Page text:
In a year when national monuments in Oregon and across the West have come under fire from the federal government, a Bend-based organization has raised more than $270,000 to fight back.
In March, the Conservation Alliance, a Bend-based organization that funds groups that protect and secure public lands across North America, announced a fund aimed at preventing the federal government from changing designations around national monuments and other public lands, including one in its own backyard.
Since, the organization raised $273,000 for the fund — known as the Public Lands Defense Fund — from local and national companies that make and sell outdoor products. John Sterling, executive director of the Conservation Alliance, said all but $6,000 of that total has gone toward 18 grants for organizations trying to preserve existing public land, including Oregon’s recently expanded Cascade-Siskiyou National Monument.
“It’s a double-edged sword,” Sterling said. “We never really wanted to be in this position.”
The Conservation Alliance has worked with large outdoor product companies to fund grants to organizations looking to secure and manage public land for more than 25 years. However, Sterling said in the spring that the idea to develop a separate fund, focused on defending existing land, grew out of the presidential election in 2016. He said the election of a Republican president emboldened a group of congressional Republicans interested in rolling back protections on federally managed land.
In April, President Donald Trump signed an executive order directing U.S. Secretary of the Interior Ryan Zinke to review 22 national monuments and make recommendations on whether a monument was appropriately classified, confirming the fears of Sterling and other conservationists.
Throughout the year, the Conservation Alliance sought support from national apparel companies, such as The North Face and Patagonia, as well as smaller companies such as Ruffwear, a Bend-based company that makes outdoor gear for dogs. Earlier this year, Ruffwear donated $50,000 to the defense fund.
Will Blount, president of Ruffwear, said support for public land fits the company’s ethos and makes economic sense, given that many of the company’s customers use its products on public land. Since the end of 2006, the company has donated about $172,000 to the Conservation Alliance.
“This notion that land and waterways belong to all of us is one of our nation’s best ideas,” Blount said.
Sterling said that the funds were distributed over the course of the year, primarily to local environmental nonprofits in areas facing potential monument reductions. Sterling said the main aim behind the grants was getting concerned locals to raise their voices about the monument review, and said they played a crucial role in spurring the about 3 million public comments submitted to the Department of the Interior during the review.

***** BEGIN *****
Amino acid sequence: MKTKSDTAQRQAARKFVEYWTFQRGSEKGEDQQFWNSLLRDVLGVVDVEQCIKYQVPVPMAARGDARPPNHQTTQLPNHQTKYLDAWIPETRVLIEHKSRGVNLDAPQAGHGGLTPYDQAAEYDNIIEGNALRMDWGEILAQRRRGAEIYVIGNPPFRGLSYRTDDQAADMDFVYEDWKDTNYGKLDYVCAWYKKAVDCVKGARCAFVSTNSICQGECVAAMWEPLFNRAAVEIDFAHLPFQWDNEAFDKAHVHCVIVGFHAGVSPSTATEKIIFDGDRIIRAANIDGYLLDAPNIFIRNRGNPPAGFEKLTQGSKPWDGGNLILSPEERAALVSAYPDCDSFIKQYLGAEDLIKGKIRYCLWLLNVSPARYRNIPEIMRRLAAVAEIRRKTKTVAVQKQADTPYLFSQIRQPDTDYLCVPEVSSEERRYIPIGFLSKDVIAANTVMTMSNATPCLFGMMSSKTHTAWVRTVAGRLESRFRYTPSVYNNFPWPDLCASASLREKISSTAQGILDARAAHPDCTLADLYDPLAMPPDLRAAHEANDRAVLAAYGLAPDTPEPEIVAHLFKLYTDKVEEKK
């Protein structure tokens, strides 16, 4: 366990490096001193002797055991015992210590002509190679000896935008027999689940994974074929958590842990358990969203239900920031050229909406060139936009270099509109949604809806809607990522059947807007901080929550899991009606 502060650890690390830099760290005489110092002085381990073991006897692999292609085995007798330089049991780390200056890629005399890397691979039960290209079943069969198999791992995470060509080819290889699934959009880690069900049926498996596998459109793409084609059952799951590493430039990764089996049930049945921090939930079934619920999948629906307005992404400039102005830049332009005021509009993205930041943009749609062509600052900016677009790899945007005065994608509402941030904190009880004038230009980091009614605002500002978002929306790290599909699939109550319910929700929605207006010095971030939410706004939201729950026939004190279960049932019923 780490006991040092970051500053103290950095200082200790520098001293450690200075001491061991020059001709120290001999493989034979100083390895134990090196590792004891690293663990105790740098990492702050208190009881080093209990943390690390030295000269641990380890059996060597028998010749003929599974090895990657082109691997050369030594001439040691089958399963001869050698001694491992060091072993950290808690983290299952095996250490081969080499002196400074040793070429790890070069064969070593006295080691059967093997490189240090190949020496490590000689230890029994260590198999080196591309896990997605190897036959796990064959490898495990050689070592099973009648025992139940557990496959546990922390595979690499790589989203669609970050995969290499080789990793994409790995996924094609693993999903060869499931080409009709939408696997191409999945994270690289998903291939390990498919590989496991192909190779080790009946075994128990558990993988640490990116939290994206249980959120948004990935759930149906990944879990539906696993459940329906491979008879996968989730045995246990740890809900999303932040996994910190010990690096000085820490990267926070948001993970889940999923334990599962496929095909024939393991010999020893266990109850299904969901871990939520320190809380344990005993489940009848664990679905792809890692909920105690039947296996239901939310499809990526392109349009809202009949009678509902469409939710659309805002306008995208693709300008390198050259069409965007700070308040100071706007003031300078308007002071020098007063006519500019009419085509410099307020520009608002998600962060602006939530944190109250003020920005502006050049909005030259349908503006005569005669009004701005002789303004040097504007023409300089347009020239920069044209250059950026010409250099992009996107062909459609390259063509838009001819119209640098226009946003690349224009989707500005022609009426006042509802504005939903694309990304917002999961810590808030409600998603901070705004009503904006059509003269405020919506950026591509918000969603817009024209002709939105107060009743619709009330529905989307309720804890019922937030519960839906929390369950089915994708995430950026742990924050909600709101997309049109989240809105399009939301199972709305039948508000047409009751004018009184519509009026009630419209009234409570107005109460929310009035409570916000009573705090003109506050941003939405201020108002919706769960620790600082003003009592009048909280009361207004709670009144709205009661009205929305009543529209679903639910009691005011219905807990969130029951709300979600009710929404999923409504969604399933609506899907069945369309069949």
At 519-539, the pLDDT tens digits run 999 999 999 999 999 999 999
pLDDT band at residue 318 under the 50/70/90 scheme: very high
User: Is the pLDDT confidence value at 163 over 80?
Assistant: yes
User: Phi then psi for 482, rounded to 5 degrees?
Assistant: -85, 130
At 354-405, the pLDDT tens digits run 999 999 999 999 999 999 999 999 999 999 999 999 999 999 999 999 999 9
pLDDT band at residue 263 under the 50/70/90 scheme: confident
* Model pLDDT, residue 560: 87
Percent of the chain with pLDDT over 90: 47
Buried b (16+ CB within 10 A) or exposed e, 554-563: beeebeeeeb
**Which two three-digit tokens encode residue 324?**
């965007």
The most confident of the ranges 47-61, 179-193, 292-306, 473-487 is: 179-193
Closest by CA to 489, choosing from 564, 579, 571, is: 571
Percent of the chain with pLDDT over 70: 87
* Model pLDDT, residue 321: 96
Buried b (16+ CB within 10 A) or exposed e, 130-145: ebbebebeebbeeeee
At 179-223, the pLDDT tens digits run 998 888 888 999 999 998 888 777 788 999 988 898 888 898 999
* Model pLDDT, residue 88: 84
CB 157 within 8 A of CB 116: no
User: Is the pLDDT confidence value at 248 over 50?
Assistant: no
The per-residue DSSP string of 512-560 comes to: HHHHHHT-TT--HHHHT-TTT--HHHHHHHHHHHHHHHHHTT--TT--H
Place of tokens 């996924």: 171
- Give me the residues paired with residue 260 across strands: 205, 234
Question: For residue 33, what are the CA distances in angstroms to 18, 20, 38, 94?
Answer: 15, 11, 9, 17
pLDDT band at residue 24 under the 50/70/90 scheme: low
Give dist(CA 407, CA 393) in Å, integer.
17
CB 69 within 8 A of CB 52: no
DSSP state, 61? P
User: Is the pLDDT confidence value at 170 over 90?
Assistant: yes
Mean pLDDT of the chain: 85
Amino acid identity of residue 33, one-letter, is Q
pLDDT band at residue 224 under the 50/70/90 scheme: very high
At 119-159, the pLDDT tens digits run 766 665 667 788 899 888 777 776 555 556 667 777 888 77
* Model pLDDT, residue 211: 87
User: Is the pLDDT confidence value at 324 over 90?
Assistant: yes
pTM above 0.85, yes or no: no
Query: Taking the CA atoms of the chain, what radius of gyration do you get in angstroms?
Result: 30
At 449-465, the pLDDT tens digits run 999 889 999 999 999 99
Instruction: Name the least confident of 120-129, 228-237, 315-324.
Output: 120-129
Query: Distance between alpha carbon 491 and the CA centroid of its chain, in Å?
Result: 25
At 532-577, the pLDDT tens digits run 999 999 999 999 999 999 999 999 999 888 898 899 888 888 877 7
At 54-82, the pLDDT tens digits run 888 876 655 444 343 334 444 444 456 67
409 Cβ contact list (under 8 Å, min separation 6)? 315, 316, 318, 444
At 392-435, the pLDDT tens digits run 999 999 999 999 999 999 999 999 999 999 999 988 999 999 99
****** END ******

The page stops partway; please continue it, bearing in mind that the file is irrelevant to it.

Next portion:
“If these guys had any sense, they’ll look at the widespread, deep opposition,” Sterling said.
Despite the opposition, Trump signed proclamations downsizing Bears Ears and Grand Staircase-Escalante, two controversial national monuments in Utah, earlier this month. After the announcement, the Conservation Alliance made its largest grant from the fund: $75,000 to the nonprofit environmental law firm Earthjustice, which has filed lawsuits designed to halt changes to the Utah monuments.
While Bears Ears and Grand Staircase-Escalante have gotten a lot of the headlines around the monument review, conservationists believe the next battle may take place in the Conservation Alliance’s backyard. Zinke’s monument report was released publicly earlier this month, and it recommends that Trump reduce the acreage of four monuments, including Oregon’s Cascade–Siskiyou.
Cascade-Siskiyou was established in 2000 by President Bill Clinton, and expanded to its current footprint of about 113,000 acres this January, about a week before Trump was inaugurated. The 48,000-acre expansion, which includes 5,000 acres in Northern California, was unpopular from the outset with timber organizations in the region, and has been the subject of several lawsuits. As a result, there is widespread speculation that the controversial Southern Oregon monument could be the next monument to face reductions.
Earlier this year, the Conservation Alliance provided $10,000 to the Soda Mountain Wilderness Council, a conservation organization based in Southern Oregon. Dave Willis, chair of the Soda Mountain Wilderness Council, said the organization has used much of the funding to show journalists, politicians and other stakeholders around the monument, as a way to show off the unique elements of the protected area.
“We feel that one trip is worth 1,000 PowerPoint photos,” Willis said.
Willis said he doesn’t know when or if a presidential announcement is coming, but added that the organization is standing ready with a lawsuit based on the federal Antiquities Act should the boundaries be reduced.
“National monuments are gifts from former presidents to future citizens,” Willis said.
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